Don’t Like Your Results? Change Your Mind

By Michelle May, MD, author of Eat What You Love, Love What You Eat with Diabetes

You become what you think. If you’re not getting the results you want, ask yourself what you were thinking first.

Whether you’re aware of it or not, you have a mental tape running constantly that affects your moods and ultimately, your behavior. When these thoughts are negative, outdated, or confining, they undermine the process of change. It stands to reason that without awareness of this mental chatter, you won’t really know why you do what you do.

TFAR_BeliefsThoughtsYour thoughts are the primary creator of your emotions, which inspire your actions, and therefore lead to your results. This “thought > feeling > action > result” cycle is a “causal loop.” (In Eat What You Love, Love What You Eat with Diabetes we call this cycle “TFAR.”)

In other words, when you think a certain thought, it causes you to feel a certain way, which causes you to act in a certain way, which causes certain results, which then “proves” that your original thoughts were correct.

This “thought > feeling > action > result” cycle applies to all of your thoughts, not just those surrounding your diabetes self-management, eating, and physical activity. It applies to your thoughts about your relationships, your career, your finances, your habits, and your abilities-any area of your life within your sphere of influence.

These patterns of thinking become repetitive. Even when a thought pattern leads to poor results, you may stay locked in its trap because it feels familiar and comfortable. Thousands of repetitions of a particular experience create auto-pilot thoughts, feelings, and actions, and therefore, predictable results.

The first step to disrupting an undesirable cycle is to start monitoring your internal conversation and notice the results that it creates. If you recognize that your self-talk is inaccurate, ineffective, or limiting, you can choose to change it in order to change your outcome. Just as the repetition of negative mantras become ingrained, the repetition of new positive mantras will result in the rewiring of your brain.

Interestingly, you don’t even have to believe what you’re saying to yourself at first. There’s power in simply saying it. Your mind doesn’t tolerate incongruence; if your thoughts are saying something, your brain will find a way to make it true. In other words, “fake it until you make it.” When you act “as if” it were true, it often becomes true.

There are many thought patterns or self-talk that will keep you stuck in a rut. Let’s take a look at just one type of internal conversation that is common in people with diabetes, the Inner Critic. This self-talk is harsh and hypercritical and says things like:

“You will never learn to practice moderation when it comes to sweets.”

“You are too lazy to exercise.”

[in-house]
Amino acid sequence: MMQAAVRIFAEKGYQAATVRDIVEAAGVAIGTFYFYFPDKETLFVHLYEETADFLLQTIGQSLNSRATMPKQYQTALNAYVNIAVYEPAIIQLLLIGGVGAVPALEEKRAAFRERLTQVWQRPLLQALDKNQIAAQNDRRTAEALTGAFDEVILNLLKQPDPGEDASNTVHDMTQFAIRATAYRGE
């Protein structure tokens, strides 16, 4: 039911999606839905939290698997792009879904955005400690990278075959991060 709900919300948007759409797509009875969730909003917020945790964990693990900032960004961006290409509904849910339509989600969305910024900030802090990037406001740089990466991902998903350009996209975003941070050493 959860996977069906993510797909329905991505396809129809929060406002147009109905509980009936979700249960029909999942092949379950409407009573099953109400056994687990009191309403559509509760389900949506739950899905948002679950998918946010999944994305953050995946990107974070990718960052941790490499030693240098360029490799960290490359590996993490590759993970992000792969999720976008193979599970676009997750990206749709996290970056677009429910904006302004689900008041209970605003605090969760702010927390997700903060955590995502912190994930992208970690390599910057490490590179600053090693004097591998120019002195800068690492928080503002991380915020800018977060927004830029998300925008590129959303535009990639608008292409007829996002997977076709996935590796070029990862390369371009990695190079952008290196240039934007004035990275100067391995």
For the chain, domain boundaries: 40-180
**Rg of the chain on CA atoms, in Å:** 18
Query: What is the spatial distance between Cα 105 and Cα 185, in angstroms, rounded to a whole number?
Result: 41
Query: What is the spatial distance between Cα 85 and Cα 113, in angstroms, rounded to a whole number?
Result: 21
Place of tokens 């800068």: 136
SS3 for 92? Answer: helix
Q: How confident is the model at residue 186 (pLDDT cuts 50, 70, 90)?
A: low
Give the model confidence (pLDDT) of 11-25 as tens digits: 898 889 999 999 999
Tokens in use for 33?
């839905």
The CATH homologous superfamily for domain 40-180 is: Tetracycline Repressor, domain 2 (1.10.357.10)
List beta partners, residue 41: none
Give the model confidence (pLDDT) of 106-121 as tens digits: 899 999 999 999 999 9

“You are too undisciplined to monitor your blood sugar they way you should.”

Although you may think you’re keeping yourself in line, criticism is a poor long term motivator-even when you’re the one doing the criticizing. Instead this hypercritical self-talk causes feelings of inadequacy and hopelessness. As a result, you won’t do your best or even try. The results only prove that the Inner Critic was right-and lead to more harsh criticism.

To change this pattern, begin to use an encouraging, gentle inner voice to motivate yourself toward the positive changes you want. For example:

“You’ve made other important changes in your life. It may take some practice but you can learn to eat moderately too!”

“You will feel so much better if you take even just a short walk. Everyone has to start somewhere.”

“You don’t need to be perfect! You learn so much when you check your blood sugar even once a day.”

The next time you find yourself eating in a way that feels out of control, uncomfortable, or unsatisfying, ask yourself what you were thinking before you took the first bite of food. Remember that negative self-talk can lead to uncomfortable feelings and overeating. When you practice catching these negative thoughts before they lead to negative feelings and behaviors you can switch to a kinder, gentler, observing voice that coaches you toward the results you really want!

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About the author

Michelle May, M.D. is a recovered yo-yo dieter and the founder of the Am I Hungry?® Mindful Eating Workshops and Facilitator Training Program. She is the award-winning author of Eat What You Love, Love What You Eat: How to Break the Eat-Repent-Repeat Cycle, winner of seven publishing awards. She is also the author of Eat What You Love, Love What You Eat with Diabetes, Eat What You Love, Love What You Eat for Binge Eating, and Am I Hungry? Mindful Eating Program for Bariatric Surgery. Michelle shares her compelling message and constructive keynotes with audiences around the country, offers corporate wellness programs, and has trained and licensed hundreds of health professionals to facilitate Am I Hungry?® Mindful Eating Workshops worldwide. She has been featured on Dr. Oz, the Discovery Health Channel, and Oprah Radio, and quoted in Diabetic Living, Fitness, Health, Huffington Post, Parents, Self, USA Weekend, US News & World Report, WebMD and many others. Her personal success story was published in Chicken Soup for the Dieter's Soul. Michelle cherishes her relationships with her husband, Owen and children, Tyler and Elyse. She regularly enjoys hiking near her home in Phoenix, Arizona, and is a certified yoga instructor. She and Owen, a professional chef, share a passion for gourmet and healthful cooking, wine tasting, photography, and traveling.

View all posts by Michelle May, M.D.

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